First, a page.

Date10 Nov 2020
The Autumn Budget scheduled for this month has been cancelled so immediate tax increases are off the table for now. The pandemic is resulting in huge borrowing levels for the UK. The figure is expected to be around £370 billion for the current year, before the second lockdown for England was announced on 31 October. These debt levels have not been seen since the Second World War and will have to be addressed. The one obvious solution to bringing the debt level under control is to increase taxes. But what could that mean for farmers and landowners?
The three big contributors to the Exchequer are VAT, Income Tax and National Insurance but the Government has pledged not to increase the rates of those taxes. There is also a major problem that increasing taxes at this time could easily snuff out any economic recovery. Increases in VAT, Income Tax and National Insurance should not be ruled out completely in the medium term however, as these are exceptional times and the electorate may accept an increase in the circumstances. Boris Johnson said last year that ‘levelling up’ of social equality would be a priority for his Government and that may involve increasing taxes on capital and wealth.
There has been some speculation that a wealth tax could be introduced and applied to net assets (excluding main residence and pensions) above a certain threshold. Some countries in Europe have a wealth tax with rates from 0.2% up to 2.5% with no exemption for business assets. By way of illustration of how this could work if the UK introduced a similar model applying to assets over £1m at a rate of 0.75% and you own a farm worth £5m with no borrowings, you could face an annual wealth tax bill of £30,000. Other countries have introduced such a tax and then quickly withdrawn it finding it very difficult to administer, unpopular and not producing the levels of tax expected. I think it is unlikely that such a tax will be introduced in the short term. Such a tax could be introduced longer term but reducing allowances and reliefs and increasing the rates of current capital taxes seem a far more likely course of action.
Capital Gains Tax (CGT) on disposal of assets is currently payable at a basic rate of 10% (18% for residential property) and a higher rate of 20% (28% for residential property). These rates could be increased to closer reflect income tax rates so perhaps 20% basic rate and 40% higher rate. If considering selling or giving away assets in the near future you may wish to accelerate the disposal to take advantage of the current low rates, particularly if it is an asset which may not qualify for a CGT relief, such as a let cottage or stocks and shares.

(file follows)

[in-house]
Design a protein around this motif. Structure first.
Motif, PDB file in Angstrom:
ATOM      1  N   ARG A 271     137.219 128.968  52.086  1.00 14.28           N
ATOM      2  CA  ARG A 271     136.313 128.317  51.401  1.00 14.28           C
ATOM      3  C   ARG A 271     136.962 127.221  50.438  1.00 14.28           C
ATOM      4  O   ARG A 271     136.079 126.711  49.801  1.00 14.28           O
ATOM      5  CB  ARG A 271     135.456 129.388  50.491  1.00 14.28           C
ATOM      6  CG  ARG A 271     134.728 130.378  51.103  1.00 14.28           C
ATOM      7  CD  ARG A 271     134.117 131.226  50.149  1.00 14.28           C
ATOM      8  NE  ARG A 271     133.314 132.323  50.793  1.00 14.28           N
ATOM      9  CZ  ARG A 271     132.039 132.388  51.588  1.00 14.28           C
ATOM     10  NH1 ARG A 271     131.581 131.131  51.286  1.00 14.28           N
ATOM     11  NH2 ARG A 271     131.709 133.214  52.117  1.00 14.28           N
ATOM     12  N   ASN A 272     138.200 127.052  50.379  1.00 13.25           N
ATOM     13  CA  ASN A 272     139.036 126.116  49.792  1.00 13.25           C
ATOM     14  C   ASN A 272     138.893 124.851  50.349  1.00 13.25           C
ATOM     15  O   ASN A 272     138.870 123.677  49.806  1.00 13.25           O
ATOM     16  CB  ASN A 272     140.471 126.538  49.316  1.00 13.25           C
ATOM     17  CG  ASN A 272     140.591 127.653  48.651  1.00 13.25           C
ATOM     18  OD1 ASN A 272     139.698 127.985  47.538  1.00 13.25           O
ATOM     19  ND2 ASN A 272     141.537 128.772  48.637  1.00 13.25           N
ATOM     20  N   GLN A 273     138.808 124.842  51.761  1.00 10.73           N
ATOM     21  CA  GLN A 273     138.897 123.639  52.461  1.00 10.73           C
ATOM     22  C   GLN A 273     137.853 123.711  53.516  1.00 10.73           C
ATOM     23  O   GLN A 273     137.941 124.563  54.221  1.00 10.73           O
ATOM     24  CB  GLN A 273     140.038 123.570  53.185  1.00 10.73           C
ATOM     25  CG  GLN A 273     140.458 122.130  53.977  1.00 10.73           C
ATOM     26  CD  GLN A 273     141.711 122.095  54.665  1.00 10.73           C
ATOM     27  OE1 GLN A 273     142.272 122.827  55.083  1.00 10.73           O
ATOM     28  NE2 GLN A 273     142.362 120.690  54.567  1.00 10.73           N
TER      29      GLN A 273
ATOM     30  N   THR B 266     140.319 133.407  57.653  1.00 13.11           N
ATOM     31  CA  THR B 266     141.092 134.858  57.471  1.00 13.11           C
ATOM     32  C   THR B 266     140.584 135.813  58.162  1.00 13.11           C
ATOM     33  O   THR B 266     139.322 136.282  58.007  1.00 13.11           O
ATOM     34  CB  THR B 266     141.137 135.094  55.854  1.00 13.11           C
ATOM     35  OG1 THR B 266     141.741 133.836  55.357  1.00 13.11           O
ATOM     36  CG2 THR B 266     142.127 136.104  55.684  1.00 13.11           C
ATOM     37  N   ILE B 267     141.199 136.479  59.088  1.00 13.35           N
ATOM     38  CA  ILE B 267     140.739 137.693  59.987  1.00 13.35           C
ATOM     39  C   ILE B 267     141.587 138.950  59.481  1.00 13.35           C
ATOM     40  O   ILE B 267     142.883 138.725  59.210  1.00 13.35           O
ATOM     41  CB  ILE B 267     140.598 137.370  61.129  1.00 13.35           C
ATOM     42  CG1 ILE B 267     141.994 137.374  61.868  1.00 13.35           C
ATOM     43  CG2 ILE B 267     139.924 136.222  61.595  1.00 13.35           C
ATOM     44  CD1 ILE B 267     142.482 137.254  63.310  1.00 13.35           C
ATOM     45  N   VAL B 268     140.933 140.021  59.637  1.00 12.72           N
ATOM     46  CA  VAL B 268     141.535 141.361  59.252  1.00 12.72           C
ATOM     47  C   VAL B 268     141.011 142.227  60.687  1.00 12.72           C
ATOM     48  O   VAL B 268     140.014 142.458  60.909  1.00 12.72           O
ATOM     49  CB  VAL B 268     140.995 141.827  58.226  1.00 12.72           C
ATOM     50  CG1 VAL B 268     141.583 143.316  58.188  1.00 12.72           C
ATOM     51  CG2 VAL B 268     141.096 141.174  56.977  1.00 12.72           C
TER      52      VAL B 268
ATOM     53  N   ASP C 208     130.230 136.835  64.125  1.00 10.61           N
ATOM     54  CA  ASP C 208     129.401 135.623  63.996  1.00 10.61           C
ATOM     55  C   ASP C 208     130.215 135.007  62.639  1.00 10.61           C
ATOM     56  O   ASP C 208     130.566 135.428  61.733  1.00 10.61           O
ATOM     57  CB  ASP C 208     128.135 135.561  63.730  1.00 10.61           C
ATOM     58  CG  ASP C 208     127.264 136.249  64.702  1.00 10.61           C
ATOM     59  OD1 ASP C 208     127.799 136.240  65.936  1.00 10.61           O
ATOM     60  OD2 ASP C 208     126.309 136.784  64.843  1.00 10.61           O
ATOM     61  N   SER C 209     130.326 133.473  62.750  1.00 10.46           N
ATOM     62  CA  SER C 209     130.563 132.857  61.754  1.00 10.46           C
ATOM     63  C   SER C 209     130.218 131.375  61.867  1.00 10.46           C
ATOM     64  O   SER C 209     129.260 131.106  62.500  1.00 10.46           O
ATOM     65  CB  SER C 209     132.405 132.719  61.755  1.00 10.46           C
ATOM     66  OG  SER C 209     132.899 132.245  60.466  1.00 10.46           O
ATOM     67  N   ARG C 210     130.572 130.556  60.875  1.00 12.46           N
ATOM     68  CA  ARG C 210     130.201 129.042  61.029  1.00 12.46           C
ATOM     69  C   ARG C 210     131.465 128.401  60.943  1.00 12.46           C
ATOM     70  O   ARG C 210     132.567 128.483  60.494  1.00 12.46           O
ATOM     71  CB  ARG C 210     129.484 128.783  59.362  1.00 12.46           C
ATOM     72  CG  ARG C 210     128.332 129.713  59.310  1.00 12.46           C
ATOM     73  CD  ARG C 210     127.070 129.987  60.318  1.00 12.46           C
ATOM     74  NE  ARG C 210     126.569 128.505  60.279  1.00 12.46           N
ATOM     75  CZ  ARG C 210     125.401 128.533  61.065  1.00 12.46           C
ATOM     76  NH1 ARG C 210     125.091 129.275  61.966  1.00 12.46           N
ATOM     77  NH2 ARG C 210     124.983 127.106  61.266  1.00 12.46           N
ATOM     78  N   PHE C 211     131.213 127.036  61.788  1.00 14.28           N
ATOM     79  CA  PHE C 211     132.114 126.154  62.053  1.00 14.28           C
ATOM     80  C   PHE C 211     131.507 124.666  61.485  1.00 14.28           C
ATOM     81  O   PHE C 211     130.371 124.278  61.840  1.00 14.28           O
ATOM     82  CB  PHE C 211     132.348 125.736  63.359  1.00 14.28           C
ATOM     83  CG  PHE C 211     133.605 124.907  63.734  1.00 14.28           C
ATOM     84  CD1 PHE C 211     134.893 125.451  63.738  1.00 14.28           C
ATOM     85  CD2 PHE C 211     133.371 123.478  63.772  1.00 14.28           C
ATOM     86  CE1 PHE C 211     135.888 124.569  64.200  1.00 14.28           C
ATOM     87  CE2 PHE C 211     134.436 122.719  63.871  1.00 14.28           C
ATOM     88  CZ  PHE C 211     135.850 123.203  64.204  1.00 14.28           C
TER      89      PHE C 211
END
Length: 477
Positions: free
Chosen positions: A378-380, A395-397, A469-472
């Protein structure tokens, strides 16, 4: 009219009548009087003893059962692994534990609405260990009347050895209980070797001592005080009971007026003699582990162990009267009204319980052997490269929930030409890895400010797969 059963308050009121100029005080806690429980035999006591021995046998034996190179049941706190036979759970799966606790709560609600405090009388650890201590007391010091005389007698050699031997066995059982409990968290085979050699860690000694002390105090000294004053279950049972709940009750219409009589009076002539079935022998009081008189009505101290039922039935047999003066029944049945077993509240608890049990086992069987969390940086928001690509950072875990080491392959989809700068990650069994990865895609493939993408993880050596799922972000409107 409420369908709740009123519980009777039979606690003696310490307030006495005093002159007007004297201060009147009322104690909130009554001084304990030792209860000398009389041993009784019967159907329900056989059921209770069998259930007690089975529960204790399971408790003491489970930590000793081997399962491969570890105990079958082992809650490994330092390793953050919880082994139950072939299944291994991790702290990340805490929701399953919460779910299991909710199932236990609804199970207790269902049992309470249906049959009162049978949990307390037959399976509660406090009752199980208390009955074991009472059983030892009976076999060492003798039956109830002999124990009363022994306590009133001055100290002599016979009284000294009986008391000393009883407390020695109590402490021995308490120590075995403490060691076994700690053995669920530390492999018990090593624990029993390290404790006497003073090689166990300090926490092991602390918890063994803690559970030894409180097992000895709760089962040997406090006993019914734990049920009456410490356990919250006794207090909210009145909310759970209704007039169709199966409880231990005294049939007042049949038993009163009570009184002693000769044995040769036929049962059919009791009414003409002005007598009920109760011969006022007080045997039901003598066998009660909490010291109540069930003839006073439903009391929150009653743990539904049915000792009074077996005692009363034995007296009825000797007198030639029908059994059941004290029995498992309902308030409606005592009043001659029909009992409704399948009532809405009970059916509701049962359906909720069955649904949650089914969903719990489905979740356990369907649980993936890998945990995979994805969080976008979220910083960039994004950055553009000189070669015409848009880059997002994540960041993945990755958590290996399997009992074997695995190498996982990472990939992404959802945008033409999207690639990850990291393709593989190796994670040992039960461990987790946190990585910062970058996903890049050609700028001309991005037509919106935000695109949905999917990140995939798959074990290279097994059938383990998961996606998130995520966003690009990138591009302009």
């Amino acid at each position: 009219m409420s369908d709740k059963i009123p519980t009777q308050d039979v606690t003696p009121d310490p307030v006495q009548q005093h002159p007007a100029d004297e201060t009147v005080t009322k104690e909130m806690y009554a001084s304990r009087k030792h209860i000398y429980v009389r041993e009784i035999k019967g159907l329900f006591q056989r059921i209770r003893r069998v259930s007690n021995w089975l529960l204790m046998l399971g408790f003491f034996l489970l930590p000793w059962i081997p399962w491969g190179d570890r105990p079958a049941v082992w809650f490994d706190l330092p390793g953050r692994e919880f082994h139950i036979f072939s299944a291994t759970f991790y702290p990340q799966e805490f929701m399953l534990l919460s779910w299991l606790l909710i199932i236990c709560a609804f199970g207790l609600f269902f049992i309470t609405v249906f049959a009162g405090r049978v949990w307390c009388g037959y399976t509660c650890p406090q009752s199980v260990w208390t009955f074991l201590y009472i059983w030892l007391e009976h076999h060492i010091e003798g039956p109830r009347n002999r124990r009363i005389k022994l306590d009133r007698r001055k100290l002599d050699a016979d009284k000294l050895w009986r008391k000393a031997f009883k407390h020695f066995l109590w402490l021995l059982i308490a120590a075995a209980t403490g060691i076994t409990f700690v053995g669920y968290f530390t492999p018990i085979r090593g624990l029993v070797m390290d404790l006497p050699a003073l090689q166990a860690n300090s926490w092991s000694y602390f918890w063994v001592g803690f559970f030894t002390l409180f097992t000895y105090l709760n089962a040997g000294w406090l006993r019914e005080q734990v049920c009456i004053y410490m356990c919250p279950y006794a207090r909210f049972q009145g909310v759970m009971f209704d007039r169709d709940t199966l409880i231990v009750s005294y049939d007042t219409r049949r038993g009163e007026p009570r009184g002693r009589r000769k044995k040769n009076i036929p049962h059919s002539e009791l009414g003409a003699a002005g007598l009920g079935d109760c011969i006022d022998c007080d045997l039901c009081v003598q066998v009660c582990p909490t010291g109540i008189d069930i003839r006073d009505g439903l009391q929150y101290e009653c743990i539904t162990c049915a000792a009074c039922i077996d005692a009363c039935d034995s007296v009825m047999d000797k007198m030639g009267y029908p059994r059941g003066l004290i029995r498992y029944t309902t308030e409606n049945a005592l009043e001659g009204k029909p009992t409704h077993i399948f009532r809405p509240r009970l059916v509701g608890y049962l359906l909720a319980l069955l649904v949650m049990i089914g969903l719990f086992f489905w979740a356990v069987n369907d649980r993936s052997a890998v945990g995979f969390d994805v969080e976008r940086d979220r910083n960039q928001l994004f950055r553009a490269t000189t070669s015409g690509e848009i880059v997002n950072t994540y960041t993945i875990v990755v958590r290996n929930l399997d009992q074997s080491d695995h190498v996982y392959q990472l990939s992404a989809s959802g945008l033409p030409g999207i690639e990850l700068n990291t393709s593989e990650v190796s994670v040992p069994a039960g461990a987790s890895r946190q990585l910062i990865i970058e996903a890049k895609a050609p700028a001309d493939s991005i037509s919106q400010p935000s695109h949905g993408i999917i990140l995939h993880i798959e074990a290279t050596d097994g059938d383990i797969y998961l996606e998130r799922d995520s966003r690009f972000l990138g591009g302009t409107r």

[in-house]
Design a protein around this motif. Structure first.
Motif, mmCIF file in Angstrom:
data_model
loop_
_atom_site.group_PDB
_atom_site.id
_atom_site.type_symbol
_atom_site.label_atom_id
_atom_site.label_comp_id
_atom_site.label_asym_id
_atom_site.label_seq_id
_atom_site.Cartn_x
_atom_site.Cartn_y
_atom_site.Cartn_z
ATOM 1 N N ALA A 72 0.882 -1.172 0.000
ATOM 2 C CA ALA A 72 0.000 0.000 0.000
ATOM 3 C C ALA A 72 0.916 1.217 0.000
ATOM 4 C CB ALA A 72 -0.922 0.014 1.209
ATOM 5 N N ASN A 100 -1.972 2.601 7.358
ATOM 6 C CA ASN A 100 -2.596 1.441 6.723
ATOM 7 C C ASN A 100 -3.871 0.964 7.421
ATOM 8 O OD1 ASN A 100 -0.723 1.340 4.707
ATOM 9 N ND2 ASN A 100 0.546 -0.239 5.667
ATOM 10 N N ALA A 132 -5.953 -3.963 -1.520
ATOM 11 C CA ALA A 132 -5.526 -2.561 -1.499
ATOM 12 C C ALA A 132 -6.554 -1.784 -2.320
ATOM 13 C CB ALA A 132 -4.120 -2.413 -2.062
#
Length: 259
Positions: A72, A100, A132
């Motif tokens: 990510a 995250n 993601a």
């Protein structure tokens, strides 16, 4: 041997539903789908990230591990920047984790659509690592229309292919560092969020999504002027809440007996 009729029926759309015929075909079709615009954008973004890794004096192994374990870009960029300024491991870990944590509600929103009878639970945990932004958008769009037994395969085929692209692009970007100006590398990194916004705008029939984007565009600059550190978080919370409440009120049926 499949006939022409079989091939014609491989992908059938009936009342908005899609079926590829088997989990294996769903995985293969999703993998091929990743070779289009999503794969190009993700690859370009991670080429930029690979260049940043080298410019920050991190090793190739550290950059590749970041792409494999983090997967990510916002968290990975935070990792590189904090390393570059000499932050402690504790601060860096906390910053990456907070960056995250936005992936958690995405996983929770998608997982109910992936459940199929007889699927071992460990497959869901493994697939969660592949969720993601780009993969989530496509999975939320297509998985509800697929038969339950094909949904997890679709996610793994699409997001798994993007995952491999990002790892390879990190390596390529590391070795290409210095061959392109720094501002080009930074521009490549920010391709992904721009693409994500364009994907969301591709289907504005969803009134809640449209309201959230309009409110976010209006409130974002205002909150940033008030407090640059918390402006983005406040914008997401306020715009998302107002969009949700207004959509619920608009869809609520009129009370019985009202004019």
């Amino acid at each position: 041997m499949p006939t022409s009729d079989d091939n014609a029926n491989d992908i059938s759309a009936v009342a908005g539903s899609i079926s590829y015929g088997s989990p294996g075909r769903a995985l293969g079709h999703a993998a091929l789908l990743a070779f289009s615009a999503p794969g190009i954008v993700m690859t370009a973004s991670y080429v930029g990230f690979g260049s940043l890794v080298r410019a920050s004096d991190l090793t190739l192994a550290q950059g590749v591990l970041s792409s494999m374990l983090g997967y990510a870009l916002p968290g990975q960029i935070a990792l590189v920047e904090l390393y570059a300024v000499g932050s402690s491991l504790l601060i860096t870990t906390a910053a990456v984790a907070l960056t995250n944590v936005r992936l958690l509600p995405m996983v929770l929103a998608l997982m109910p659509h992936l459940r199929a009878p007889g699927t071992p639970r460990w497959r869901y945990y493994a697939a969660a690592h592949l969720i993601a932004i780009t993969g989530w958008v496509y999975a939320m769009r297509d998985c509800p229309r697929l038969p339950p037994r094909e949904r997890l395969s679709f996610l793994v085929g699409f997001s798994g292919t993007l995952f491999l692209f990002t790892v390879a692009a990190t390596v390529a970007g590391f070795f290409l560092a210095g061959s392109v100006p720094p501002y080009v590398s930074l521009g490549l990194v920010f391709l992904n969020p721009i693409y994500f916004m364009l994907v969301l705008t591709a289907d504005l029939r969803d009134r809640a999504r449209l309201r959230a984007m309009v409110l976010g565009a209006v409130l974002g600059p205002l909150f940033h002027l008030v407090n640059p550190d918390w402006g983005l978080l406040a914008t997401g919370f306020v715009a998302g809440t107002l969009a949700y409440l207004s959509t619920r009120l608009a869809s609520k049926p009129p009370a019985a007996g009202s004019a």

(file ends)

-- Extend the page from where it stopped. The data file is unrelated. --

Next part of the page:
There have also been recent reports as to how Inheritance Tax (IHT) might be reformed. Many farmers have traditionally dealt with passing on the farm through their will on death and with the availability of 100% Agricultural Property Relief there can often be no inheritance tax due with the added attraction of the farm passing to the next generation at market value on death for CGT purposes. The suggestion is this CGT uplift should be removed meaning that beneficiaries could face a large CGT bill if they wish to sell. IHT Reliefs for Agricultural and Business Property may be reduced or removed but as these both play key roles in avoiding the break up of farming businesses this may save them.
If you are considering succession planning or a restructure of your farming business now would be a good time to put those plans in place while the reliefs are available to use for efficient tax planning. The reliefs may not be around if you put off or delay.
If you would like to discuss tax planning for your farming business contact Alan Taylor on 01738 441 888 or email firstname.lastname@example.org.
Alan is a Partner at Azets, accounting, tax, audit, advisory and business services group.